Business & Investment

“I’m held hostage in my house”: My husband’s son lives with us.He is physically abusive and menacing

I’m married, but my house is just my name. When I bought it in 2010, my husband, who was dismissed in the recession, had a temporary job, so I was the only one who could apply for a mortgage.

The house in front of me that I bought when I was single had a fair amount of fairness. However, while my husband was working sporadically, he needed repairs and couldn’t sell immediately because he didn’t have the money to repair them. I then borrowed a loan from the retirement fund to pay for the repairs.

When the old house was sold, the money was used to refinance and repay the mortgage of the current house. This is just my name. I am a mortgage payer. (We live in Georgia.)

“”
“I’m the one who pays the mortgage.”

My husband is 62 years old and I am 61 years old. There were more serious hospitalizations, including pulmonary embolism, pneumonia, and cerebrospinal fluid leakage, both of which are in chronic health.

My husband’s son is almost 29 years old and still lives with us. He pays no rent or contributes less to household chores and is the worst total slob, especially rude, rude, physically and mentally abusive and menacing to me.

I’m sorry, but that’s the truth of the matter. I feel like he’s being held hostage in his house, which he treats like a dump. My son-in-law has mental health problems and my husband thinks he can’t get him out of the house until he can maintain himself.

I’m worried that my husband will live longer than I am, and it’s okay for him to receive the house if he dies first, but I’m categorically opposed to my son-in-law who will eventually inherit the house under any circumstances. I have.

How can you build a will to carry out your wishes about your home to prevent it from being passed on to your son-in-law?

was locked up

You can email TheMoneyist financial and ethical questions related to the coronavirus at qfottrell@marketwatch.com.

Dear trap,

Before we talk about what happens after you leave, let’s talk about here and now.

You are in a dangerous house and surrounded by traumatic walls. We need a team to deal with the consequences of living with a man who is a bully and a perpetrator of elder abuse. That way, you and his living conditions can be dealt with. With the help of lawyers, financial planners, doctors and therapists, you can start breaking down the barriers of your fears and abuses and you will be able to deal with the in-store problem of what happens to your home. Be ahead of your husband.

But why does all the focus is on preventing this guy from inheriting your home? I agree that you should do everything with your power to make it happen, but you may have more than 10 or 20 years left, so your husband has him Why do you suffer because you can’t or don’t want to get rid of? You don’t have to live with abuse. There is no excuse for abuse. It’s time to end the rent-free reign of terror of your son-in-law in your home. You have the right to live safely and happily.

“”
What happens to your home after you leave is an important consideration for you. But given what you revealed in the letter, it should be far below your list of priorities.


— Money list

Georgia is a fair distribution country. For example, “both spouses generally have some property ownership, even though their names are not listed on the certificate.” According to Abbott & Abbott, Marietta and Canton, a law firm with offices in Georgia. Talk to a real estate planning lawyer about whether you can leave a life estate for your husband (he lives there after you die but doesn’t own a house) I paid off the house I brought to this marriage and used the proceeds to buy a new one.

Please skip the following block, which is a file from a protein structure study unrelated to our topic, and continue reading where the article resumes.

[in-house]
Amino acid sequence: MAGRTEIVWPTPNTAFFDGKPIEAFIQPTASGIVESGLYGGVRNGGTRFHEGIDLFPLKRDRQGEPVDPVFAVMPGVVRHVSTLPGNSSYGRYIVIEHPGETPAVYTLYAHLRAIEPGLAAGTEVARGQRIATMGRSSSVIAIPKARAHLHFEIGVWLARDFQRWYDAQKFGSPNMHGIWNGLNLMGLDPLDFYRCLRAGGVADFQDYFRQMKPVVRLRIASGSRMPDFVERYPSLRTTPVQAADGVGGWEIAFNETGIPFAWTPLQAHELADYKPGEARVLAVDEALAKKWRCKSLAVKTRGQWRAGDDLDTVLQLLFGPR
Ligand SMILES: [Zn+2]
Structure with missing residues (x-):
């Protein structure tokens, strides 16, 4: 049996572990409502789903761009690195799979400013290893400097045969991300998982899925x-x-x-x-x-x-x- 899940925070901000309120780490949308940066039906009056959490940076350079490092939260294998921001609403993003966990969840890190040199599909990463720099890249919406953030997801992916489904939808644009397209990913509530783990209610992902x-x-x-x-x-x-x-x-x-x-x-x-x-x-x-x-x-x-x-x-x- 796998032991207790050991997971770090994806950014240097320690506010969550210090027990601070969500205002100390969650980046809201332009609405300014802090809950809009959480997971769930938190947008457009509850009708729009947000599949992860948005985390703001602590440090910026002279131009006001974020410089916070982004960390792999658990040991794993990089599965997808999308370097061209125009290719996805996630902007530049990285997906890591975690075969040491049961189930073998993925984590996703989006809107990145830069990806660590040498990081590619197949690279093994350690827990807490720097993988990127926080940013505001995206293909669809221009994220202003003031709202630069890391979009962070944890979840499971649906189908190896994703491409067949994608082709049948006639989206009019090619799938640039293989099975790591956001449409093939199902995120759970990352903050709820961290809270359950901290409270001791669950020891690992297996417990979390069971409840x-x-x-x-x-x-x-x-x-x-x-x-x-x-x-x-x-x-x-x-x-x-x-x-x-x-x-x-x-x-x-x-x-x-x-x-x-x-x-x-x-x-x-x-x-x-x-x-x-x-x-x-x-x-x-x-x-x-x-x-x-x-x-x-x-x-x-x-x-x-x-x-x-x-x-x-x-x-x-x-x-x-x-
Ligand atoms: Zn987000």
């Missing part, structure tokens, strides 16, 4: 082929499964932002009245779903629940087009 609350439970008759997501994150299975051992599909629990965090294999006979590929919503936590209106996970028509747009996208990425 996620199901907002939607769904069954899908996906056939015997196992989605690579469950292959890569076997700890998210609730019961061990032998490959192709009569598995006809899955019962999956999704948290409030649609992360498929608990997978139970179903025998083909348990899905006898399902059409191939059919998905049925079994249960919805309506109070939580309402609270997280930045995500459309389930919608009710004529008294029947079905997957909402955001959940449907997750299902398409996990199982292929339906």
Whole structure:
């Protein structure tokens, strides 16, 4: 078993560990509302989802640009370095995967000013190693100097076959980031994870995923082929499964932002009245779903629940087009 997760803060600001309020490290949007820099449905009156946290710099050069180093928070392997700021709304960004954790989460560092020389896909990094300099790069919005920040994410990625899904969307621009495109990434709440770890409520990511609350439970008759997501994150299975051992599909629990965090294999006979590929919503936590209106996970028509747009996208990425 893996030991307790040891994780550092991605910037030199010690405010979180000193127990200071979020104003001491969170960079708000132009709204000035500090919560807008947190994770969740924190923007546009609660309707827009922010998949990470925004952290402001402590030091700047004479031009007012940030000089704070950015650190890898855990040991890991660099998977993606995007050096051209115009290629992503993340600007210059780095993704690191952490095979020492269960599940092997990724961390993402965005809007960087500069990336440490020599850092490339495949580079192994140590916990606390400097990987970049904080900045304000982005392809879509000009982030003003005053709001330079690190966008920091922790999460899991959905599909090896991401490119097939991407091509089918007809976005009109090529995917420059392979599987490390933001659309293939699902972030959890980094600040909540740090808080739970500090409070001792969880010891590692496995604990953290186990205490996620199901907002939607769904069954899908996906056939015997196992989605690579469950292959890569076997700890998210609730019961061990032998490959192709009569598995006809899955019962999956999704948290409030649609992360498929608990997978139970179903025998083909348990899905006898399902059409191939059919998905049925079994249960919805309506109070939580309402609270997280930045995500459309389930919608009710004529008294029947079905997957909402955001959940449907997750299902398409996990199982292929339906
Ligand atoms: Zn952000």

contact information Georgia Adult Protection Services Find an organization that can report abuse and help you navigate the last years of your life to be free from harassment and abuse. If necessary, consult a lawyer, financial planner, therapist, doctor or even the police. You didn’t sign up for this when you got married, and the price you paid shouldn’t have been a peaceful life. If your husband waits and allows this to happen, he is helping to promote the abusive behavior of your son-in-law.

It is unlikely that your husband or son-in-law will change. But you can take action to make sure you feel safe in your own home and wake up in the morning and sleep at night. What happens to your home after you leave is an important consideration for you. But given what you revealed in the letter, it should be far below your list of priorities. I believe you can do it — and with the right amount of external support, I’m sure you’ll start believing it too.

About 1 in 4 people aged 65 will live over 90 and 1 in 10 will live over 95. According to the Social Security AdministrationMore than half of people over the age of 65 need some form of long-term care. You don’t want to be in a position where both your health and your husband’s health are so declining that you depend on them and are at the mercy of your son-in-law.Unless you force your son-in-law to leave, he never Leave.

Now is the time to act.

Moneyist:When my parents died, my sister and I split their property. I chose a painting that might be worth $ 50,000. Should I tell them?

Hello, MarketWatchers.check out Moneyist Private Facebook
FB,
-0.54%

A group where we look for answers to the most troublesome money problems in life. Readers write to me with all sorts of dilemmas. Please post a question or tell us what you want to know. Or consider the latest Moneyist column.

“I’m held hostage in my house”: My husband’s son lives with us.He is physically abusive and menacing

http://www.marketwatch.com/news/story.asp?guid=%7B51F64DBE-6C7F-11EB-B593-DD293CB95C4B%7D&siteid=rss&rss=1 “I’m held hostage in my house”: My husband’s son lives with us.He is physically abusive and menacing

Back to top button